Unfortunate for all of this – we like Milwaukee and Greenlee selfeed bits a lot better than hole saws for most wood boring (e.g. rough-in) work – leaving the hole saws for such tasks as metal cutting (e.g. steel doors). If you cut the wrong size with a selffeed – its back to sanwiching scraps onto both sides and fabricating a plug for the middle. We try to studiously avoid such mistakes.

    We also have put up some fiber-cement siding – but find that the bimetal holesaws don’t last in that application – and like holesaws with carbide teeth.

  2. Fred,

    I never said it was new, I only said “drove the engineers at Starrett to develop…” It was a guess that the engineers at Starret designed this, maybe they bought or poached the design from some-one else. That’s a bit of creative license that maybe I took to far. It’s tedious to write post after post with the sentence X makes Y for Z, and frankly it would probably bore our readers right off the blog.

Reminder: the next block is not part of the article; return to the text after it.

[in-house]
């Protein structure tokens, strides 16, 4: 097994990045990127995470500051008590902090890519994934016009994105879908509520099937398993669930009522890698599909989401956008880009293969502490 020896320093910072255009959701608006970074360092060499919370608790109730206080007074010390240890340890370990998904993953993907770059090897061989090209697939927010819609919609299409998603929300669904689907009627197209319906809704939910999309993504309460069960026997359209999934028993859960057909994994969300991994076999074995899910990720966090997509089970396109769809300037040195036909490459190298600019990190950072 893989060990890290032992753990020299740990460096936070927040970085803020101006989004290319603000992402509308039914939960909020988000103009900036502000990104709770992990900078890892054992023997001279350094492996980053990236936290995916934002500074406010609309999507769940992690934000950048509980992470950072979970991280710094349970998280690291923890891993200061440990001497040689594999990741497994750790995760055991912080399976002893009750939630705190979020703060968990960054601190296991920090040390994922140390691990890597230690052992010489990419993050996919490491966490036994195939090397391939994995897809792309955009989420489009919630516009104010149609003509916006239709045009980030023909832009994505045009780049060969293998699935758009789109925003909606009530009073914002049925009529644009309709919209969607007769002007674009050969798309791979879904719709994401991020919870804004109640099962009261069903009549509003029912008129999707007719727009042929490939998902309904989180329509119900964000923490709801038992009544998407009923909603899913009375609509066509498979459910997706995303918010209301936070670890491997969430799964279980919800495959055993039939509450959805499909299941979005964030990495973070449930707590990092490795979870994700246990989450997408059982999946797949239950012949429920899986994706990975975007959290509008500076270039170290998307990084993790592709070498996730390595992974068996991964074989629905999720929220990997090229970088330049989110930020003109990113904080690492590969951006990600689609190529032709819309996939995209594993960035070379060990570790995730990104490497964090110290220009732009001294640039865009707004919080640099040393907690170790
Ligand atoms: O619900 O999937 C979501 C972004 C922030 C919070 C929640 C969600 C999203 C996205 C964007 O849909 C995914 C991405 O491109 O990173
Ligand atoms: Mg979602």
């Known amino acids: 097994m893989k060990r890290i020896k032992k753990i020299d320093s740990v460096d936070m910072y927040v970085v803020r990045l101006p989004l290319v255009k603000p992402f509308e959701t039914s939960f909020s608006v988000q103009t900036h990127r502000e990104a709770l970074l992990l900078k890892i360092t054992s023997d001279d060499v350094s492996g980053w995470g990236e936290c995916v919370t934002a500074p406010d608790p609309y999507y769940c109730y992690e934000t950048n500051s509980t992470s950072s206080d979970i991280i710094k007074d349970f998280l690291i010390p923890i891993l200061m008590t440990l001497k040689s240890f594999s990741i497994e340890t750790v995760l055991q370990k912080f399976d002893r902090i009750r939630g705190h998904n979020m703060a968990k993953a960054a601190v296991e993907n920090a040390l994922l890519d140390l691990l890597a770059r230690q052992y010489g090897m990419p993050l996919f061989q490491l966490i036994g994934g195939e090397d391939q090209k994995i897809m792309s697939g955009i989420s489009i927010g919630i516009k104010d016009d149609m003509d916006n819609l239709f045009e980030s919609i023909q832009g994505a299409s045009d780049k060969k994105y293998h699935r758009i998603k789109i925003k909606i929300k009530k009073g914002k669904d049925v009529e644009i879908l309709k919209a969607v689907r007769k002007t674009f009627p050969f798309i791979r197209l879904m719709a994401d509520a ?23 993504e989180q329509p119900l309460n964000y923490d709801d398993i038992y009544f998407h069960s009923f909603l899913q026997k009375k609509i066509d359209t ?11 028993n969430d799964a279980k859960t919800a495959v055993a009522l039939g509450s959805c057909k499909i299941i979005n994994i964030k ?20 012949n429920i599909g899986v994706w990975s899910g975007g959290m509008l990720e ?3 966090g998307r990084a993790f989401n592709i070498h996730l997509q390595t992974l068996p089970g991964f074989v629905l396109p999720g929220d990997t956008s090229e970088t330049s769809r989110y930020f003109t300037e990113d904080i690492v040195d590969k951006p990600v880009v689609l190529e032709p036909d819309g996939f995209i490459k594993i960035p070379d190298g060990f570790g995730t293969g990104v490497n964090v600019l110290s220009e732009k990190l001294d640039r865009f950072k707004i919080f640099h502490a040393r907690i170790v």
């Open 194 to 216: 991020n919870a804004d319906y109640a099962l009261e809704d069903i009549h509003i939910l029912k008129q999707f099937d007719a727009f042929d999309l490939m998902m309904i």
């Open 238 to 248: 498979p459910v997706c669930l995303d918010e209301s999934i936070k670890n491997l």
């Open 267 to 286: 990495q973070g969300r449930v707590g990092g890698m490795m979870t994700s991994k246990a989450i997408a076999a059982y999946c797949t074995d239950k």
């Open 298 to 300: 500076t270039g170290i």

That said, I do want to be as accurate as possible, so thank you for your information and experiences. I do remember certain magazines that promoted this like it was a new tool a while ago, and it’s interesting to know that it’s been around for a while.

  3. PutnamEco says:

    Same idea, different take on solution. A hole saw alignment guide.

    http://tricitylock.com/

  4. Fred says:

    The tricitylock solution looks like an elegant tool albeit a bit pricey.

    My comment about the Starrett Oops being around for a while was not to deprecate it – but rather to point out that it has stood some test of time and finds a home in our toolboxes. Lots of tools seem to come onto the market and then disappear. Hopefully those that don’t make it are ones that do not fill any niche at all.